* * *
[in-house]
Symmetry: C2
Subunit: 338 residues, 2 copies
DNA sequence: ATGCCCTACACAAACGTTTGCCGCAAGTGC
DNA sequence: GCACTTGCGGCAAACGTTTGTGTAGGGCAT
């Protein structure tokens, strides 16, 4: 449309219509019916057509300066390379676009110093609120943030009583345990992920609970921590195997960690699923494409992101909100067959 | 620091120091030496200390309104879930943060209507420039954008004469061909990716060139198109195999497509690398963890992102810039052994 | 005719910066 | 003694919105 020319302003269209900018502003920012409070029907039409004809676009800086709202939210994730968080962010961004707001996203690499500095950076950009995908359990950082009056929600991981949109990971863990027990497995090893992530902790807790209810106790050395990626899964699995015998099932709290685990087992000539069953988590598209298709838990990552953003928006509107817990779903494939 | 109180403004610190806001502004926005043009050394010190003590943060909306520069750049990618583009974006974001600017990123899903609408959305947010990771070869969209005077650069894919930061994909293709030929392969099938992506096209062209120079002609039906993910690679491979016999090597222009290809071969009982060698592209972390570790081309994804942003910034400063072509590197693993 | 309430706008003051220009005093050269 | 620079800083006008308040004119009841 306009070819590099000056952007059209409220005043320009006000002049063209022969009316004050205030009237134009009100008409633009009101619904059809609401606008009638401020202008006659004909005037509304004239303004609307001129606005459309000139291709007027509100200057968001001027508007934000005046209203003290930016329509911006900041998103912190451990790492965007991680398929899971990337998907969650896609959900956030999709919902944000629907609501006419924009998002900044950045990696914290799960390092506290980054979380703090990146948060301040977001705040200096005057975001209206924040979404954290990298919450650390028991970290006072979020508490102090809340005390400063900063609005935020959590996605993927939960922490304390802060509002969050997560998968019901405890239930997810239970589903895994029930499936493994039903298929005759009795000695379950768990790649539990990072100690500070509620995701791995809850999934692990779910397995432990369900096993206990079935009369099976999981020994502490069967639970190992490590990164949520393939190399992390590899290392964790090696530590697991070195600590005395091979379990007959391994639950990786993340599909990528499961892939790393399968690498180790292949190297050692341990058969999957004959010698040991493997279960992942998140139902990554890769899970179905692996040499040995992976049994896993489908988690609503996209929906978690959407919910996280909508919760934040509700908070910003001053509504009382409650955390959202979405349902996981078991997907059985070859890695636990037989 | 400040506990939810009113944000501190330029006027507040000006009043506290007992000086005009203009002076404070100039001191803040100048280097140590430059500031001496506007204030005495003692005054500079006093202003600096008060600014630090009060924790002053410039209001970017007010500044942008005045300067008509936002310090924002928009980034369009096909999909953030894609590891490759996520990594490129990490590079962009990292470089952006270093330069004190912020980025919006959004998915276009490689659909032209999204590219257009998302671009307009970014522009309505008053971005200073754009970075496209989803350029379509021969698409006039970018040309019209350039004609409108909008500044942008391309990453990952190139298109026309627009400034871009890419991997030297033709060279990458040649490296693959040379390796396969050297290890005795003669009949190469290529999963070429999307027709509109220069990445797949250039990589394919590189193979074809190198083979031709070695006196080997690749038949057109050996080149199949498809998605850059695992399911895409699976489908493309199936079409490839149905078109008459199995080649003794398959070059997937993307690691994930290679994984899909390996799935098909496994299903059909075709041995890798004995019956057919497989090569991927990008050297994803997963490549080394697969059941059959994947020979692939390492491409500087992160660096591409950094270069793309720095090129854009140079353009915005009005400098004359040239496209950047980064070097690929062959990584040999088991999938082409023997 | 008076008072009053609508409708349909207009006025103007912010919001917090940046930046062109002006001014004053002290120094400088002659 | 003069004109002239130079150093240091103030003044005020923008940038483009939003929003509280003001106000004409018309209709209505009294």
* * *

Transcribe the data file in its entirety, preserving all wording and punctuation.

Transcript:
[in-house]
Symmetry: C2
Subunit: 338 residues, 2 copies
DNA sequence: ATGCCCTACACAAACGTTTGCCGCAAGTGC
DNA sequence: GCACTTGCGGCAAACGTTTGTGTAGGGCAT
């Protein structure tokens, strides 16, 4: 449309219509019916057509300066390379676009110093609120943030009583345990992920609970921590195997960690699923494409992101909100067959 | 620091120091030496200390309104879930943060209507420039954008004469061909990716060139198109195999497509690398963890992102810039052994 | 005719910066 | 003694919105 020319302003269209900018502003920012409070029907039409004809676009800086709202939210994730968080962010961004707001996203690499500095950076950009995908359990950082009056929600991981949109990971863990027990497995090893992530902790807790209810106790050395990626899964699995015998099932709290685990087992000539069953988590598209298709838990990552953003928006509107817990779903494939 | 109180403004610190806001502004926005043009050394010190003590943060909306520069750049990618583009974006974001600017990123899903609408959305947010990771070869969209005077650069894919930061994909293709030929392969099938992506096209062209120079002609039906993910690679491979016999090597222009290809071969009982060698592209972390570790081309994804942003910034400063072509590197693993 | 309430706008003051220009005093050269 | 620079800083006008308040004119009841 306009070819590099000056952007059209409220005043320009006000002049063209022969009316004050205030009237134009009100008409633009009101619904059809609401606008009638401020202008006659004909005037509304004239303004609307001129606005459309000139291709007027509100200057968001001027508007934000005046209203003290930016329509911006900041998103912190451990790492965007991680398929899971990337998907969650896609959900956030999709919902944000629907609501006419924009998002900044950045990696914290799960390092506290980054979380703090990146948060301040977001705040200096005057975001209206924040979404954290990298919450650390028991970290006072979020508490102090809340005390400063900063609005935020959590996605993927939960922490304390802060509002969050997560998968019901405890239930997810239970589903895994029930499936493994039903298929005759009795000695379950768990790649539990990072100690500070509620995701791995809850999934692990779910397995432990369900096993206990079935009369099976999981020994502490069967639970190992490590990164949520393939190399992390590899290392964790090696530590697991070195600590005395091979379990007959391994639950990786993340599909990528499961892939790393399968690498180790292949190297050692341990058969999957004959010698040991493997279960992942998140139902990554890769899970179905692996040499040995992976049994896993489908988690609503996209929906978690959407919910996280909508919760934040509700908070910003001053509504009382409650955390959202979405349902996981078991997907059985070859890695636990037989 | 400040506990939810009113944000501190330029006027507040000006009043506290007992000086005009203009002076404070100039001191803040100048280097140590430059500031001496506007204030005495003692005054500079006093202003600096008060600014630090009060924790002053410039209001970017007010500044942008005045300067008509936002310090924002928009980034369009096909999909953030894609590891490759996520990594490129990490590079962009990292470089952006270093330069004190912020980025919006959004998915276009490689659909032209999204590219257009998302671009307009970014522009309505008053971005200073754009970075496209989803350029379509021969698409006039970018040309019209350039004609409108909008500044942008391309990453990952190139298109026309627009400034871009890419991997030297033709060279990458040649490296693959040379390796396969050297290890005795003669009949190469290529999963070429999307027709509109220069990445797949250039990589394919590189193979074809190198083979031709070695006196080997690749038949057109050996080149199949498809998605850059695992399911895409699976489908493309199936079409490839149905078109008459199995080649003794398959070059997937993307690691994930290679994984899909390996799935098909496994299903059909075709041995890798004995019956057919497989090569991927990008050297994803997963490549080394697969059941059959994947020979692939390492491409500087992160660096591409950094270069793309720095090129854009140079353009915005009005400098004359040239496209950047980064070097690929062959990584040999088991999938082409023997 | 008076008072009053609508409708349909207009006025103007912010919001917090940046930046062109002006001014004053002290120094400088002659 | 003069004109002239130079150093240091103030003044005020923008940038483009939003929003509280003001106000004409018309209709209505009294």